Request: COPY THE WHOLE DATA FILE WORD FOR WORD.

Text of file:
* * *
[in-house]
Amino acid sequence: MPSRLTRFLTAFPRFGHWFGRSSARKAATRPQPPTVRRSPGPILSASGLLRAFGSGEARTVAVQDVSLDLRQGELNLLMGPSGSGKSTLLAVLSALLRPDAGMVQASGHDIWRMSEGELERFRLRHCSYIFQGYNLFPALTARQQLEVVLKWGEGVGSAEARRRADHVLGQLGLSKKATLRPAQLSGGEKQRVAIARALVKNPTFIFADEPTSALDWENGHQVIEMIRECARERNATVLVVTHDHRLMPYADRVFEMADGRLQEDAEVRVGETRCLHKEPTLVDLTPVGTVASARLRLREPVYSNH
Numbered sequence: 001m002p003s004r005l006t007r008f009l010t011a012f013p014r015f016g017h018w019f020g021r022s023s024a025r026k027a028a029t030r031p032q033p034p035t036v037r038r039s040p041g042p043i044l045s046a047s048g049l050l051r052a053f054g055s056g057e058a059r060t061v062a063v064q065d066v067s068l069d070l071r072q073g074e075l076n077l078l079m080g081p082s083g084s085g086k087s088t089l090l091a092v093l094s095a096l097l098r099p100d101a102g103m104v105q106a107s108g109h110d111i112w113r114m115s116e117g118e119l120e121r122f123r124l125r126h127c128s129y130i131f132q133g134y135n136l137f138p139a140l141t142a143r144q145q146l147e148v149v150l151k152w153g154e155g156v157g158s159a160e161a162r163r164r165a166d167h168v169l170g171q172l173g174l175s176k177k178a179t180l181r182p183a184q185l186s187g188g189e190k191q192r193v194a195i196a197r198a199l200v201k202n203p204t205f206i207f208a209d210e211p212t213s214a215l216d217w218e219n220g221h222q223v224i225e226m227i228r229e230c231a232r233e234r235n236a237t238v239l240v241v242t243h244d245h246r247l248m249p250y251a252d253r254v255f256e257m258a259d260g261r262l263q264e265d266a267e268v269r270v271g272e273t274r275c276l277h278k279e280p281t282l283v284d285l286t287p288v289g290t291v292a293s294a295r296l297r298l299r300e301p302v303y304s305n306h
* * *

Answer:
[in-house]
Amino acid sequence: MPSRLTRFLTAFPRFGHWFGRSSARKAATRPQPPTVRRSPGPILSASGLLRAFGSGEARTVAVQDVSLDLRQGELNLLMGPSGSGKSTLLAVLSALLRPDAGMVQASGHDIWRMSEGELERFRLRHCSYIFQGYNLFPALTARQQLEVVLKWGEGVGSAEARRRADHVLGQLGLSKKATLRPAQLSGGEKQRVAIARALVKNPTFIFADEPTSALDWENGHQVIEMIRECARERNATVLVVTHDHRLMPYADRVFEMADGRLQEDAEVRVGETRCLHKEPTLVDLTPVGTVASARLRLREPVYSNH
Numbered sequence: 001m002p003s004r005l006t007r008f009l010t011a012f013p014r015f016g017h018w019f020g021r022s023s024a025r026k027a028a029t030r031p032q033p034p035t036v037r038r039s040p041g042p043i044l045s046a047s048g049l050l051r052a053f054g055s056g057e058a059r060t061v062a063v064q065d066v067s068l069d070l071r072q073g074e075l076n077l078l079m080g081p082s083g084s085g086k087s088t089l090l091a092v093l094s095a096l097l098r099p100d101a102g103m104v105q106a107s108g109h110d111i112w113r114m115s116e117g118e119l120e121r122f123r124l125r126h127c128s129y130i131f132q133g134y135n136l137f138p139a140l141t142a143r144q145q146l147e148v149v150l151k152w153g154e155g156v157g158s159a160e161a162r163r164r165a166d167h168v169l170g171q172l173g174l175s176k177k178a179t180l181r182p183a184q185l186s187g188g189e190k191q192r193v194a195i196a197r198a199l200v201k202n203p204t205f206i207f208a209d210e211p212t213s214a215l216d217w218e219n220g221h222q223v224i225e226m227i228r229e230c231a232r233e234r235n236a237t238v239l240v241v242t243h244d245h246r247l248m249p250y251a252d253r254v255f256e257m258a259d260g261r262l263q264e265d266a267e268v269r270v271g272e273t274r275c276l277h278k279e280p281t282l283v284d285l286t287p288v289g290t291v292a293s294a295r296l297r298l299r300e301p302v303y304s305n306h